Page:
One of the largest community events in Oxford has been cancelled, and the organisers are taking a break to ‘consider the future’.
Cowley Road Works, the charity behind the city’s Cowley Road Carnival, says it’s ‘beginning a period of change’ and has decided to take a break from delivering a Carnival in 2022.
Cowley Road is one of Oxford’s most notable annual events, and it usually takes place at the beginning of July, bringing together tens of thousands of residents and visitors to the streets of east Oxford.
It went virtual in 2020 due to lockdown, and in 2021 people were encouraged to get involved with hosting projects and activities at home alongside another virtual event.
Cowley Road Carnival started as a regeneration project for East Oxford. And for over two decades, Cowley Road Works has produced and delivered a thriving programme of community projects and activities, engaging with the many and varied community groups and artists across Oxford.
After 20 years, the organisation now wants to ‘take time to evaluate past successes and consider the future.’
In a statement on the Cowley Road Works website, Cathy King, acting Chair of the Board of Trustees for Cowley Road Works, said: “Carnival started as a regeneration project for East Oxford and has succeeded amazingly in bringing our diverse communities together through celebration of this diversity for 20 years.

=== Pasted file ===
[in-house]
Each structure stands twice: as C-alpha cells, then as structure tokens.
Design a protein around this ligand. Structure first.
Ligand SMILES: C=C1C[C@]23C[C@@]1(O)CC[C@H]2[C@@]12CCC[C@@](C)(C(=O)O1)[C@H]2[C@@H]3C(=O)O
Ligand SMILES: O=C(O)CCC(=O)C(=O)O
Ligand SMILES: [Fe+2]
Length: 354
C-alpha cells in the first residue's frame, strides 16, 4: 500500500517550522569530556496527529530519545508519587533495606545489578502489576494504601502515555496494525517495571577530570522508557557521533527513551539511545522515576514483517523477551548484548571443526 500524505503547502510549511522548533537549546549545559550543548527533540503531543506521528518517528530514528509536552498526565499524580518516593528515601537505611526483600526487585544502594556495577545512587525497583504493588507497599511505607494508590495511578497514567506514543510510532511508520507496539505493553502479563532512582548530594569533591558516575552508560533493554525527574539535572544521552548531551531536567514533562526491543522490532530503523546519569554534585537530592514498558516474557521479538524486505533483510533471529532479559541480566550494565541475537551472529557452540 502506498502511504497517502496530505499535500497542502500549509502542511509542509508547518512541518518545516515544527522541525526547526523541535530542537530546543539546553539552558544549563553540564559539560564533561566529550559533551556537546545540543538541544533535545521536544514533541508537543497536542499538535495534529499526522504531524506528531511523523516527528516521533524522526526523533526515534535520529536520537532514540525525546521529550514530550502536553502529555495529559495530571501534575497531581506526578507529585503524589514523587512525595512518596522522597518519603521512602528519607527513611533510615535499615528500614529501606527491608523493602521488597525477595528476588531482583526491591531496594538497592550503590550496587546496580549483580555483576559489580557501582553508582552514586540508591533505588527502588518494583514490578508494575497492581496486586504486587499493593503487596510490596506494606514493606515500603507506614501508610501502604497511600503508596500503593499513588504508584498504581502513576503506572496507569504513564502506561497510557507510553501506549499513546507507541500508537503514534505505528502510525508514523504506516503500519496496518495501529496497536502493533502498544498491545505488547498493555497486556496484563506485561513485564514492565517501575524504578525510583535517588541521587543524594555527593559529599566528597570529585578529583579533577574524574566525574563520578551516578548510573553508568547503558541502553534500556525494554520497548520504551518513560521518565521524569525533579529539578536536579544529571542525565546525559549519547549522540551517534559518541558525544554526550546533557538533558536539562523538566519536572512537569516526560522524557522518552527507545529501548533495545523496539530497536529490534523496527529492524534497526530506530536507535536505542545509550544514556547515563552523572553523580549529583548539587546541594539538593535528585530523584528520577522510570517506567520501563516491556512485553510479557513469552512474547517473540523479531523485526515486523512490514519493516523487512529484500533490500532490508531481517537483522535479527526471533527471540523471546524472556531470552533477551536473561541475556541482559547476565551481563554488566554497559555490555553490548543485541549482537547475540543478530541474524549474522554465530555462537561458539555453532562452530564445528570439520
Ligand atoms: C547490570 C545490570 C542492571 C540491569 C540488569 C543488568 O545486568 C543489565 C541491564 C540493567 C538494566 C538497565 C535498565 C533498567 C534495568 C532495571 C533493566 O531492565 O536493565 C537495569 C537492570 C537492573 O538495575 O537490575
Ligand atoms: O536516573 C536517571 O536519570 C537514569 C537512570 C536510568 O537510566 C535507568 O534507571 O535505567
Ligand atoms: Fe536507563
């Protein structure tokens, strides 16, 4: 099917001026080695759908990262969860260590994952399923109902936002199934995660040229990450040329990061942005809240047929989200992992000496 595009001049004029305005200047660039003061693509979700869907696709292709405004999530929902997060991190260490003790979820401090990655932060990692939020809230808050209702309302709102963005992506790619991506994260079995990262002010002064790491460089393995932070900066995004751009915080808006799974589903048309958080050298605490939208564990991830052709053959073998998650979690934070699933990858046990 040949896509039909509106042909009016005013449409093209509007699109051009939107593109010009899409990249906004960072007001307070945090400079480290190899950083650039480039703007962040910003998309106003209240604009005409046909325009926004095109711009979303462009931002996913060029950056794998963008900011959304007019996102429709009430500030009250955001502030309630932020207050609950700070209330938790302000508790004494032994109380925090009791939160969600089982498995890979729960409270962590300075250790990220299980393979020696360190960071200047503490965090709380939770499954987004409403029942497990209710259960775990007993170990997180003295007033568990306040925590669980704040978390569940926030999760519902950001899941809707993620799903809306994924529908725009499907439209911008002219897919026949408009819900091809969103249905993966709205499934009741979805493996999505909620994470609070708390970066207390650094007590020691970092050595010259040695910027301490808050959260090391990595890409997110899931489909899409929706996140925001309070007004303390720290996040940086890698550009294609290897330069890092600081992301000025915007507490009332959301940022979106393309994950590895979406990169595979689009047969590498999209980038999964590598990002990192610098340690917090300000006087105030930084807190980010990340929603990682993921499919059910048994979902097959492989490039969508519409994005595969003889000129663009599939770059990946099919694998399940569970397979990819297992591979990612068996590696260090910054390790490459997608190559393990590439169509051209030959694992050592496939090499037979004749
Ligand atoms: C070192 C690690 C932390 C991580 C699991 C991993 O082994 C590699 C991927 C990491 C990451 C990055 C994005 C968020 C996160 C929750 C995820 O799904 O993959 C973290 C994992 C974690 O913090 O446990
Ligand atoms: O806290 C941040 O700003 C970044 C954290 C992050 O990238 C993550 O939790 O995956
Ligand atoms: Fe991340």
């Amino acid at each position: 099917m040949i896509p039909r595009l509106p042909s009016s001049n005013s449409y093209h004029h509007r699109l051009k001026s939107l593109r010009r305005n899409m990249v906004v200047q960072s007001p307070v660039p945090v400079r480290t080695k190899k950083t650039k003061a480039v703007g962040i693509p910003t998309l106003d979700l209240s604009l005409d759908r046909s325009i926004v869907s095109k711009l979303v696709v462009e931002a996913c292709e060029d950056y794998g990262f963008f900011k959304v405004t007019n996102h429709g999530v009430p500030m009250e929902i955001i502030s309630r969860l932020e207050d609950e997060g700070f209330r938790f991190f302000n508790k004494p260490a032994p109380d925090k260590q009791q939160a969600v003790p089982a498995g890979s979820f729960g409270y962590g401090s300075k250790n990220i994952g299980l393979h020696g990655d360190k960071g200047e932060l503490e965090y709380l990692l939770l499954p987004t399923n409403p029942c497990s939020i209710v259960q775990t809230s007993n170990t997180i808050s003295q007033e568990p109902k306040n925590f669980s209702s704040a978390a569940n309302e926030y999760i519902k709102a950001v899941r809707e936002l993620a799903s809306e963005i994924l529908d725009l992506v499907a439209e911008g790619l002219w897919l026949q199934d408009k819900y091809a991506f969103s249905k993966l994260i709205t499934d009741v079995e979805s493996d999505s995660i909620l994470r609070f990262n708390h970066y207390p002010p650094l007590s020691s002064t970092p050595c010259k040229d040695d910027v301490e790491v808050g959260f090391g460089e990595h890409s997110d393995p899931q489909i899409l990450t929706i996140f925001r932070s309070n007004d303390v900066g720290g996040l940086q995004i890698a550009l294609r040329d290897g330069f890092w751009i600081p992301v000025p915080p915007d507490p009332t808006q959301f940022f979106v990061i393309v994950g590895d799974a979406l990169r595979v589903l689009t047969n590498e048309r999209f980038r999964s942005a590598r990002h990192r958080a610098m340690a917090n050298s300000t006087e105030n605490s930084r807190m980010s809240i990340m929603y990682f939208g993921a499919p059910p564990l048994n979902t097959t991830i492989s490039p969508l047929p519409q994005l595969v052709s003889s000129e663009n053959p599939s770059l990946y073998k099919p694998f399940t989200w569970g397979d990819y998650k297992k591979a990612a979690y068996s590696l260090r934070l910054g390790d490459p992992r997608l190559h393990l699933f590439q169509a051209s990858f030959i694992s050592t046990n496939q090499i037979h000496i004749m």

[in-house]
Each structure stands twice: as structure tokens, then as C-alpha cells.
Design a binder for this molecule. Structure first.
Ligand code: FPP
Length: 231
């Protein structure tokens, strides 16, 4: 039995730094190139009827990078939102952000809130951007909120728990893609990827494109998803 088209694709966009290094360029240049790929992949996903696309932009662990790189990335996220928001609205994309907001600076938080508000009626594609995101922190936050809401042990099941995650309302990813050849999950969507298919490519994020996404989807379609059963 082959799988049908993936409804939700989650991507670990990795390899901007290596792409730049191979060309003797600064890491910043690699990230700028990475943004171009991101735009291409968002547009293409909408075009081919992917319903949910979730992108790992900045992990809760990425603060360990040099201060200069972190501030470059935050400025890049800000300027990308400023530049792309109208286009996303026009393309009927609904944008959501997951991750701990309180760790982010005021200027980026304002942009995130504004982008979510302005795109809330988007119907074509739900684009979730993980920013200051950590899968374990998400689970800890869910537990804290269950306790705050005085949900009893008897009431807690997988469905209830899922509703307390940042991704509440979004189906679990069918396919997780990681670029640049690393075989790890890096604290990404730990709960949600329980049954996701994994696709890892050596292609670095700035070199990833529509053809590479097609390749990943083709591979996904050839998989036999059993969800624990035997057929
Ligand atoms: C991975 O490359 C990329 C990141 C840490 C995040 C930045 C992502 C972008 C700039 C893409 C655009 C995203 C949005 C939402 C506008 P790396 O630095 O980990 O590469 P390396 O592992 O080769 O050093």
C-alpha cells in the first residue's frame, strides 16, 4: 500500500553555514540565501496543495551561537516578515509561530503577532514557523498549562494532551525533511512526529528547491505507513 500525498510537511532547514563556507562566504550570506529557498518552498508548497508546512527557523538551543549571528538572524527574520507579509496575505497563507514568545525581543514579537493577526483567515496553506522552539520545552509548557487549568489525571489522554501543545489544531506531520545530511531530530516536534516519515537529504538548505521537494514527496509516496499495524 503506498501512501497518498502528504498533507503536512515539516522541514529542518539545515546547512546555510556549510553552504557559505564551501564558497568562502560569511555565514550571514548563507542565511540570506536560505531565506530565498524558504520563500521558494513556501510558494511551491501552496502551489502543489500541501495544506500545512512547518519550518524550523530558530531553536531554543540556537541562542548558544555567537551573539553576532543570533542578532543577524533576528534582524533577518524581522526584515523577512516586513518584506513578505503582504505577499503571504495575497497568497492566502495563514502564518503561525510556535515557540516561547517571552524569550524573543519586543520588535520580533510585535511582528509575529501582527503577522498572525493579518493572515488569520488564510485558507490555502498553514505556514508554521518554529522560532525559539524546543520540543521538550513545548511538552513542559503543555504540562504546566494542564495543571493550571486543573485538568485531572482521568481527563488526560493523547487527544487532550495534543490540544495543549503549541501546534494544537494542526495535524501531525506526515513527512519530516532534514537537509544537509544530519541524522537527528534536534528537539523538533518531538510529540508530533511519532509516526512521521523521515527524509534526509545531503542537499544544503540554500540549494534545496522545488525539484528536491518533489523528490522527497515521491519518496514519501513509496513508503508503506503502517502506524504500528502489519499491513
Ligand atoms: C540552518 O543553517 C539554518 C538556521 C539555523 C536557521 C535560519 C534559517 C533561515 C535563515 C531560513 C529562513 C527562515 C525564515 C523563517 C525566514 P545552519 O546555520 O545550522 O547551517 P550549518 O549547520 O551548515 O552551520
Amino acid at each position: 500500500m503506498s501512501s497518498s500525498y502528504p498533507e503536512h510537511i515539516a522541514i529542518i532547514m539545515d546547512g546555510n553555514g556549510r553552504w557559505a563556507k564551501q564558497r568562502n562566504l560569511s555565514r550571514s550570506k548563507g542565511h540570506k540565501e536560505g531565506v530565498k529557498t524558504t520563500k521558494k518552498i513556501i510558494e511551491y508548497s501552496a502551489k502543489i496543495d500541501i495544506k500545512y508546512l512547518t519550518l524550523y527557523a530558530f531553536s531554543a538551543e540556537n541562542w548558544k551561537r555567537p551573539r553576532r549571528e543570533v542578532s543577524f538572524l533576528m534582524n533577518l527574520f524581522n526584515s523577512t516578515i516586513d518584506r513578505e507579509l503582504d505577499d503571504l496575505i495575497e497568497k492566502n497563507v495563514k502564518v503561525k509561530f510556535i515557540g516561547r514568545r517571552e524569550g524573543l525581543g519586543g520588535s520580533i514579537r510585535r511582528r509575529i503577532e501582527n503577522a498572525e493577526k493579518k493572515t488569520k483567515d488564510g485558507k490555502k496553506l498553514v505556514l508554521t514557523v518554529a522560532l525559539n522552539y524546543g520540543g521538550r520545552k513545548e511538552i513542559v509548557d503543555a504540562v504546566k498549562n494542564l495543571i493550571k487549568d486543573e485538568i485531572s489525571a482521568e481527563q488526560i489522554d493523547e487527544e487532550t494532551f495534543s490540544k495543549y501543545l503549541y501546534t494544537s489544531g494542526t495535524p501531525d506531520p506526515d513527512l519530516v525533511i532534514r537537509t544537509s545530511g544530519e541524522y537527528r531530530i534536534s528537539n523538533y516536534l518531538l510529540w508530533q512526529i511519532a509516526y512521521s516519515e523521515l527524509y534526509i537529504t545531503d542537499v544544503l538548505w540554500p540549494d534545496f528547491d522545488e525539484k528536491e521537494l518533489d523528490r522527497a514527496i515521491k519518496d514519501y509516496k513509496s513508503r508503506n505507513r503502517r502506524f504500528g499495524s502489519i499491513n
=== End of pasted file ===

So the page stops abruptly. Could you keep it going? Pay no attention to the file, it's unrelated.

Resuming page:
“We feel that the time is right to take time this year to reflect on past successes and our vision for Carnival. We will be taking the next few months to consider the future.”
The charity said in a statement: “Following the last two years and the recent changing leadership within the organisation, we are at a point of transition.
“CRW needs to deliver within a model that is more sustainable and secure for our future, and we are looking at our funding and fundraising strategy over the next five years and taking the opportunity to rethink the leadership of the organisation.
“We also wish to review why we exist, and who we exist for, to ensure we have a sharp focus on working with targeted groups within the context of shifting demographics in Oxford City.”
It added: “It cannot be denied that we are also working with a more challenging funding environment. This might mean doing things differently in future, but we will undergo this review with the needs of our community at the centre.
“In particular, rather than deliver a Carnival that people just attend, success for the charity would be to empower and upskill the communities we work in to organise and lead their own experiences.
“We believe that community-driven in-person events and celebrations will be crucial for community recovery and cohesion post the COVID-19 pandemic and isolation it has caused.
“This necessarily takes time and means not delivering Carnival in 2022. It would be a disservice to our past successes not to take the time to do this properly.”